Late night musings of an eternal mamma

I give her little face a kiss and she tucks her head into the crook of my neck. I smell like a mama, she smells strongly of bubbles and strawberries, a result of her affinity to sneaking the soap bar when she's fully clean and my hastiness to pull the tub stopper as the water gets chilly.

I knelt by the tub tonight, watching her soap her own toes and firmly refusing to brush her teeth. I swept a washcloth behind her ears, under her curvy chin, and wondered: how long she will need me yet? As I scooped water into the palm of my hand to rinse the day away, I glimpsed a bigger girl with memories and stories to spill out, with an eagerness and lightness of her father's and a the voice of a dreamer like me. Her hair swirled down around the top of her neck in a way I had never seen it do before, tracing rivulets down her spine and joining the bath again. My heart whispered: will I always know her this well?

The night is long at times, spent shuffling (those ever growing) little feet back under the blankets and getting up for water, worrying over my two dearest loves as they sleep, as if they were both my children, and I suppose in a very primal way they are. Both are sound in my nest all night, tucked around one another and oblivious to this mama's dually committed heart thrumming away, wanting to hold them both at once.

I fear her growing because I'm terrified I haven't got it down. I want longer to get it right before she will know that I am misguided, before she sees my faults. Eventually I'm sure she will recognize me as a pawn. I don't know the rules. I don't know the steps, I can't dance this fast and in these shoes.

As I scooped her from the tub and she pressed her face into the crook of my neck, we went in search of pajamas for the night. Pulling from the basket nearest me, I found my fingers wrapped around a tiny set of pajamas too small for any girl of mine. These were hers nearly two winters ago, just as we were seated deep in worry about our future, cold and jobless with no hope or vision for that to change, when there were too many hours each day spent sitting in classrooms waiting to graduate so I could hold my daughter whenever I pleased; hoping that my classmates didn't see my breasts leaking, at times wondering that they did not smell my fear that this route they celebrated with joy I counted as hell and yearned for it to end.

Darker hours in the shivering winter spent fighting with Pappa because my heart was never in school again, I could spare it all just to be a mamma. These were the pajamas she wore the morning we drove to the polls to vote for idealistic "Change," and the morning my sweet friend Jessy came to visit after her weekly Chemo battering. She smiled and yet looked faint, she sang to my wee babe about teething gums while I worried about my girl, who had immediately fixed herself on this splendid friend to investigate her thoroughly- I hope that my own girl will be as open-minded, loving and generous each step of the way as this beautiful young woman I am blessed to know.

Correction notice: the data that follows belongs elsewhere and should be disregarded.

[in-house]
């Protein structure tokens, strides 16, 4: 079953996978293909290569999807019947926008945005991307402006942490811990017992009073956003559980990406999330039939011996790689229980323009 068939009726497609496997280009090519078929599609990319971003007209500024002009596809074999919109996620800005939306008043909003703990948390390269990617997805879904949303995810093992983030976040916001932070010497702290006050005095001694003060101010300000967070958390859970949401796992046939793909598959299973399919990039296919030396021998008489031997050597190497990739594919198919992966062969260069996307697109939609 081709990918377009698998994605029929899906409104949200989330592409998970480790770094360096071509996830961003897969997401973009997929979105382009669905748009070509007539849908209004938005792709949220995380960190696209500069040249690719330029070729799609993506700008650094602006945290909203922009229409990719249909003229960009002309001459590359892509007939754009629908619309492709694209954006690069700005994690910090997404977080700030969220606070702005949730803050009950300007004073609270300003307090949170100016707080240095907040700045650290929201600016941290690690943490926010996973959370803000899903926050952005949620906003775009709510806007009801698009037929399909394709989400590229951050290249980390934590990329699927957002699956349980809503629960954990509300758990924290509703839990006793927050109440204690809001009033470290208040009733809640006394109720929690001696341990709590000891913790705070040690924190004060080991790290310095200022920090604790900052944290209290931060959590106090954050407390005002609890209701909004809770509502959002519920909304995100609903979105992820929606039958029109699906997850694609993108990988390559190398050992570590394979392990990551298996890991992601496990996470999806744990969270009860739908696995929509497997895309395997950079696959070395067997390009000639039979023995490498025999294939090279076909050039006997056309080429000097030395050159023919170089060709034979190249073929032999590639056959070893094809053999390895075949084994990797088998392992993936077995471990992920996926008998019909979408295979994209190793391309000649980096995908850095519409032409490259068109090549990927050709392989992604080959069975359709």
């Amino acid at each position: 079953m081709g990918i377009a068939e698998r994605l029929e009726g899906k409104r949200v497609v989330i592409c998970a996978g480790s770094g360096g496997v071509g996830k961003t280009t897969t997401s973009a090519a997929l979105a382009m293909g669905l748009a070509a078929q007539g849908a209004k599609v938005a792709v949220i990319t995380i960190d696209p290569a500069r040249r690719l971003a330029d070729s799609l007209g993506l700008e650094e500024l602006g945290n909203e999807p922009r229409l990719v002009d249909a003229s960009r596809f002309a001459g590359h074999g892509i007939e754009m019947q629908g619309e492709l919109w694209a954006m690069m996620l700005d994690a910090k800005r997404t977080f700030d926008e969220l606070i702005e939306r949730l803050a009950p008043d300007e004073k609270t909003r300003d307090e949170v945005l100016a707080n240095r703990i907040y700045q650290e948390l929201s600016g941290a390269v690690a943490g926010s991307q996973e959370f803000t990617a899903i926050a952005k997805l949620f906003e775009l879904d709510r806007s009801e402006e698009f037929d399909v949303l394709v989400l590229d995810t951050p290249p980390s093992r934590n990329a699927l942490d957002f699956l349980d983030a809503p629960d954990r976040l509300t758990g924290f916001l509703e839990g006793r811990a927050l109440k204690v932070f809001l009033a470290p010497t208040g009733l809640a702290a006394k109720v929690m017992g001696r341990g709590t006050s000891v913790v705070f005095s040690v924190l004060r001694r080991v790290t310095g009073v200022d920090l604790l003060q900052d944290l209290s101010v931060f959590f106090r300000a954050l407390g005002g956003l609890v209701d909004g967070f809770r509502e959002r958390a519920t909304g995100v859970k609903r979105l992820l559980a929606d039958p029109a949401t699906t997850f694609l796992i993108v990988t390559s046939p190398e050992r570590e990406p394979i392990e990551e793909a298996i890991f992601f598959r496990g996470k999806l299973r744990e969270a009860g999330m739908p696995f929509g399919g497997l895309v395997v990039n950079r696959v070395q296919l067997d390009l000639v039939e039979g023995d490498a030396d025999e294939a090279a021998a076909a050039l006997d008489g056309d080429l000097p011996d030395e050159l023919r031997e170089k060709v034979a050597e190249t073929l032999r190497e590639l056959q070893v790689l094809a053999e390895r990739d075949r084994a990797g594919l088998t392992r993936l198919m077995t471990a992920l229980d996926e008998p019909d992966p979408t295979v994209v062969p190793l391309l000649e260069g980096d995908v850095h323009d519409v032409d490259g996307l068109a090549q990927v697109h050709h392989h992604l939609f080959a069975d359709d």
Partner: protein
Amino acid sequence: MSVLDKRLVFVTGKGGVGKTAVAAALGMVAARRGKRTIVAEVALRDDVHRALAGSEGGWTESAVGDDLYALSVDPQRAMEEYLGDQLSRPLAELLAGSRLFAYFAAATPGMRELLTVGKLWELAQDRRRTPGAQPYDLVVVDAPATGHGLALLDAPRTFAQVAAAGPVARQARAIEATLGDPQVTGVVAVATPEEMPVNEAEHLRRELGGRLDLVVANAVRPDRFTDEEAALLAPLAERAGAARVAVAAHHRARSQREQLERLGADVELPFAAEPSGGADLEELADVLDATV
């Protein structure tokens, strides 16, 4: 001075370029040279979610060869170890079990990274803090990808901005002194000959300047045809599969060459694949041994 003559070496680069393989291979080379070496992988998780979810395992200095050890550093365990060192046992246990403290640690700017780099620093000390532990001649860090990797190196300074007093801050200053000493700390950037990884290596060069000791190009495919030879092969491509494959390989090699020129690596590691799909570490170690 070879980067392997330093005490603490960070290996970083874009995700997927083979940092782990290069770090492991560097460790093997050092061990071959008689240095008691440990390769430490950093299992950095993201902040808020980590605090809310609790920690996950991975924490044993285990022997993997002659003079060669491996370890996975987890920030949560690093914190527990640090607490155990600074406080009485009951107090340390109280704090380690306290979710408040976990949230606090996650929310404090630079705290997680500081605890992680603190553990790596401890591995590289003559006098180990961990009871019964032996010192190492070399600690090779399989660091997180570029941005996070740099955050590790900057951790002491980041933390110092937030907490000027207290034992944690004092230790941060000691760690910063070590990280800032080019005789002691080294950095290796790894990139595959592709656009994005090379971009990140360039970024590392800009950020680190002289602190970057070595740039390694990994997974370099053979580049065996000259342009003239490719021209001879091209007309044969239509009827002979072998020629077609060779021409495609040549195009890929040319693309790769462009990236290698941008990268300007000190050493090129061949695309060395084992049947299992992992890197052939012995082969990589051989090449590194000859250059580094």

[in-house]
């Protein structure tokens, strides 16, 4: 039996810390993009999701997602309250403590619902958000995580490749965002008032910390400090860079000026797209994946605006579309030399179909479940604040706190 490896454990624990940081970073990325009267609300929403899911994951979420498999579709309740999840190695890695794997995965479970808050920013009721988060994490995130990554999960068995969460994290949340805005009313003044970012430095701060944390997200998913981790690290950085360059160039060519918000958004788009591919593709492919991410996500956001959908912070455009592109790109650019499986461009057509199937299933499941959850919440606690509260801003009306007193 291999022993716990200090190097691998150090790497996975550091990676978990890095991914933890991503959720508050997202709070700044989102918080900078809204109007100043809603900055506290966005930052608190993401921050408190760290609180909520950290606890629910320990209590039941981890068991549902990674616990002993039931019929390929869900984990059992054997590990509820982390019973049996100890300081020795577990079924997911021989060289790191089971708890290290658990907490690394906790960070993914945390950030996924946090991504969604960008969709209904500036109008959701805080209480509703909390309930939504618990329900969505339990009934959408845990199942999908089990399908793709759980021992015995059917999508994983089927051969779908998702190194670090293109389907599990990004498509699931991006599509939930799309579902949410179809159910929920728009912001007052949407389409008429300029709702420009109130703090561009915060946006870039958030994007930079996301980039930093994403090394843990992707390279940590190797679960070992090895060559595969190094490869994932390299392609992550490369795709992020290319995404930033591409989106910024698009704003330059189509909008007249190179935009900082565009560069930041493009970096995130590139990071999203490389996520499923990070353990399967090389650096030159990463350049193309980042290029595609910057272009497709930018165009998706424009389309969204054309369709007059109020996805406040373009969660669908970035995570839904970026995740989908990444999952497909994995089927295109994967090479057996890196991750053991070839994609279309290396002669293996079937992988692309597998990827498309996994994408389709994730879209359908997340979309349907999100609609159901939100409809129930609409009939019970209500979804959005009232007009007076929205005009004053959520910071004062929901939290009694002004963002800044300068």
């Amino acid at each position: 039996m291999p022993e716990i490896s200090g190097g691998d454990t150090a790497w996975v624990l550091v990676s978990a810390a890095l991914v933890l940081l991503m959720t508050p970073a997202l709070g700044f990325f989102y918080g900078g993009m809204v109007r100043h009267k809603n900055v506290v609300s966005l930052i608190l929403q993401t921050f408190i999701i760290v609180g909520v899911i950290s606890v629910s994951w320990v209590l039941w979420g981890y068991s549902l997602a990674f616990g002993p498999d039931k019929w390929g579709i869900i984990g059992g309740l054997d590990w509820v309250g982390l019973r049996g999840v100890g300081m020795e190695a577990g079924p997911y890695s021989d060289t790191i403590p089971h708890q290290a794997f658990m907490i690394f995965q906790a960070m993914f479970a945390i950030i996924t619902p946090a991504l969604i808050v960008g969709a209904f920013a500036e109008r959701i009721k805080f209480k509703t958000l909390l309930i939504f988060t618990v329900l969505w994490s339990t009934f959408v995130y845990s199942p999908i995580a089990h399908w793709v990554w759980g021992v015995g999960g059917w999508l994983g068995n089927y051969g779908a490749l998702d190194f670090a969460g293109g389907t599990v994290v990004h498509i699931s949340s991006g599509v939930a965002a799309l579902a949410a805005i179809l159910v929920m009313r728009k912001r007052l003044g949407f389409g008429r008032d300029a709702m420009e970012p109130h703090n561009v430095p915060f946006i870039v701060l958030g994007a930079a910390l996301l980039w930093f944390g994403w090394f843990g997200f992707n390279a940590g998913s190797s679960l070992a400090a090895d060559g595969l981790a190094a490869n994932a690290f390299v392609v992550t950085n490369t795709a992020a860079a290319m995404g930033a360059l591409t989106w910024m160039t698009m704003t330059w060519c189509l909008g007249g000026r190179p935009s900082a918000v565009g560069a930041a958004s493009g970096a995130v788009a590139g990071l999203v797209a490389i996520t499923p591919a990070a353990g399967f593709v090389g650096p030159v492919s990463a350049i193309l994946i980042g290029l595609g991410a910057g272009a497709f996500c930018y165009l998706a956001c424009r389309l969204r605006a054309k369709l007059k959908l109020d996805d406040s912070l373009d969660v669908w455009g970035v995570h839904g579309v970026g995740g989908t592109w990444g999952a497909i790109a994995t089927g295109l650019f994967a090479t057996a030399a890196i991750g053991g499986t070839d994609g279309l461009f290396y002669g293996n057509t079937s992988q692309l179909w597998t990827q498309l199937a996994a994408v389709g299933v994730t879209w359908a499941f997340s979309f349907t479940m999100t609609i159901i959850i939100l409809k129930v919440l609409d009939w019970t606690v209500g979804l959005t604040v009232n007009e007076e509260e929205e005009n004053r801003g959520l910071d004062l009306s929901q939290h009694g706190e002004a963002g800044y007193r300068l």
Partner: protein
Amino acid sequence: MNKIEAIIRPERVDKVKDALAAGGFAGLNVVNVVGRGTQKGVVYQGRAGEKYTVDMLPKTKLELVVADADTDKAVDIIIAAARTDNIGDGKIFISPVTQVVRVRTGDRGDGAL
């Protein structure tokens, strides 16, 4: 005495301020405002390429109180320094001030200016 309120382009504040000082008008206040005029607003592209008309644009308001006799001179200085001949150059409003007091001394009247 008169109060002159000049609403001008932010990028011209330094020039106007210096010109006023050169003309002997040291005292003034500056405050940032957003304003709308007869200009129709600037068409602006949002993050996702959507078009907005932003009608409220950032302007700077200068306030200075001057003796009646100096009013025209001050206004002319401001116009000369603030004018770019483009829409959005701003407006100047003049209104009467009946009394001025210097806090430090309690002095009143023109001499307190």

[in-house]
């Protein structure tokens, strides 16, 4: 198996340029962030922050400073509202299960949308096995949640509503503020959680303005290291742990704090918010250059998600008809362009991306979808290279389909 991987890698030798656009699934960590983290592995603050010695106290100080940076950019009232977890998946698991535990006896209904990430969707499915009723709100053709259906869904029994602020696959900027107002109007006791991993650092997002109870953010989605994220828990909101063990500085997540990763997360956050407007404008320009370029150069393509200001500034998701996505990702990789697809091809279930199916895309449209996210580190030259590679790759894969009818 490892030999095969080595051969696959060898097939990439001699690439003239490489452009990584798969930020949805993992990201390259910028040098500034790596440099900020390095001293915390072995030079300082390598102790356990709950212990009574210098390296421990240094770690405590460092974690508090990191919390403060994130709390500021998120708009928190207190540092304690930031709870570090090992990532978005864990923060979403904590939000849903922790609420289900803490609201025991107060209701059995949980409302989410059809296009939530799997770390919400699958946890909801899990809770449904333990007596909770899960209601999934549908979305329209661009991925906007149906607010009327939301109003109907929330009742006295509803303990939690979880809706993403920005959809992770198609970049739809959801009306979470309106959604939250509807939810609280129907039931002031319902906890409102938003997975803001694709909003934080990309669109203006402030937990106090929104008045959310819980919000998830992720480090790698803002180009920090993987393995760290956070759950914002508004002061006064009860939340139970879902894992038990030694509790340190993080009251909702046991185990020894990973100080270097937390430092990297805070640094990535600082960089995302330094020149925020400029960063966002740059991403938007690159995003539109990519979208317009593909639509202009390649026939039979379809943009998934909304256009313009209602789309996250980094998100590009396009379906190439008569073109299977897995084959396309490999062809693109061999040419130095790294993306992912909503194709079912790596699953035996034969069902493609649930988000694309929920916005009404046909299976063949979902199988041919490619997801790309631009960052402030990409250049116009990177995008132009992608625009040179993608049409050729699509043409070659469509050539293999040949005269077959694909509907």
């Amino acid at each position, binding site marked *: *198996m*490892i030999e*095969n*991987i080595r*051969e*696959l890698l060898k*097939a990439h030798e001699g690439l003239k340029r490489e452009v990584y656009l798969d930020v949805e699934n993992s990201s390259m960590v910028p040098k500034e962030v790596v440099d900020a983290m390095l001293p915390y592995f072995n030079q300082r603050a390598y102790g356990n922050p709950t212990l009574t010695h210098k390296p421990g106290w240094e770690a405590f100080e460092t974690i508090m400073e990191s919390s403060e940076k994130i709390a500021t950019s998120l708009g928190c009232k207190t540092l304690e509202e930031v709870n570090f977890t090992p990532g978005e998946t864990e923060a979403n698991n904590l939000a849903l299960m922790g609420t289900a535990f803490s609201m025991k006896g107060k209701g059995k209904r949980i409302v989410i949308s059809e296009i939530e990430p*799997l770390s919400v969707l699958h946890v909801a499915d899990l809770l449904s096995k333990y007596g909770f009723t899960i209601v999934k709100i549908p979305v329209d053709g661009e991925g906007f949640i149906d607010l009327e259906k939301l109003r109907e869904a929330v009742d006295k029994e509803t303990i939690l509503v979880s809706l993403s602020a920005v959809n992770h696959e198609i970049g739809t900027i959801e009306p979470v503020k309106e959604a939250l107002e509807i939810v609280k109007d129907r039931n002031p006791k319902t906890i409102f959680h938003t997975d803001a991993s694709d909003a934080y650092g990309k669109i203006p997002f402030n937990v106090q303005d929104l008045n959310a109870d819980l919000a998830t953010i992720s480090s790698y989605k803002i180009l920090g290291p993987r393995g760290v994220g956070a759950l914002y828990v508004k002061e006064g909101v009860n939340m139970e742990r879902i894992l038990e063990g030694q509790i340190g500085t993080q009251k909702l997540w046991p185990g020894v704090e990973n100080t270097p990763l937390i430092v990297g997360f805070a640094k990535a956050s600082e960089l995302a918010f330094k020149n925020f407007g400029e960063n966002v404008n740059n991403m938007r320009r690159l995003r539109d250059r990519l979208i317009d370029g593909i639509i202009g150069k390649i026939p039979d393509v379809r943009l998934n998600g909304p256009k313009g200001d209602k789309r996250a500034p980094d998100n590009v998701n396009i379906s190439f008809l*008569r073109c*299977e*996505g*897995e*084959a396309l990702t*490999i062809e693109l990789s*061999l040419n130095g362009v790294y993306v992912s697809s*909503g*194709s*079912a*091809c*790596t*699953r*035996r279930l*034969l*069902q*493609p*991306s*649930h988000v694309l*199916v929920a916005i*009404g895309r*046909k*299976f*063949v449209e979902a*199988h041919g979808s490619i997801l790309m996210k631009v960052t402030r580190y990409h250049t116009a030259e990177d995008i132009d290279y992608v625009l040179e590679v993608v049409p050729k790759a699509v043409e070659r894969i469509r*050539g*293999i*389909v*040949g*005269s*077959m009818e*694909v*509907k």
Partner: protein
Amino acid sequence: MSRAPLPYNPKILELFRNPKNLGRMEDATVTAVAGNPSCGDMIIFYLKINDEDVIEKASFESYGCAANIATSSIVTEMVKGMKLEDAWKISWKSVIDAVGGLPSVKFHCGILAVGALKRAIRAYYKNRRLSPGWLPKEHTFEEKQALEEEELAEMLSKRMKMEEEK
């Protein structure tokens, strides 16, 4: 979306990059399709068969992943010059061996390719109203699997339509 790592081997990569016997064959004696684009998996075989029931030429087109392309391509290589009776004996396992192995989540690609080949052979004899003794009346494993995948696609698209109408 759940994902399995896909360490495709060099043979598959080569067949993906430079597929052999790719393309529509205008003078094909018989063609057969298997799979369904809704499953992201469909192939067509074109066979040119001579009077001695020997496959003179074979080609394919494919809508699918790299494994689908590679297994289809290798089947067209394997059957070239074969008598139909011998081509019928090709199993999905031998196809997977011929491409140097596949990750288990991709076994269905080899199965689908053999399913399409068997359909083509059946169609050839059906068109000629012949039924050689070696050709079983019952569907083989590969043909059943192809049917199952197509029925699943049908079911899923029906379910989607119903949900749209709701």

This instinct to protect is not exclusive to the faces we see and love each day. It is not limited to the hands we hold or gently scold, and the tiny feet that pitter-patter and sometimes "THRUMP!" around, making tangible progress and marking the traits that will be theirs for life right before our eyes. It is for the children we don't get to hold, the ones we were ourselves, the ones we see on the television while their mother's wail. These children, these little sparks that flash for only a moment, that always have to face the cold with empty tummies, they are why my heart is breaking for my own. I stood in front of my mother when I was seven and told her I wanted to save all of the orphans, and asked her why we didn't try to help. Her reasoning was complicated and altogether simple at the same moment, yet her theory fell deaf to my ears and I am sure that day I stopped believing in universal love.

This is the joy called motherhood, I share it with many strong and willing women now, and before me. Surely more will come after me as well. Some bear a multitude of souls into the world and some never kiss a single tear frosted cheek, but all have willing, loving, open hearts. We swap tips and laughs and fears. We all dream big, and none of us wants our children to resist our open arms. This is the joy called motherhood. It is the voice of universal love.

Do something kind for another person today. Do it for your heart, and mine, which needs reminding that humanity is always embraced by mothers.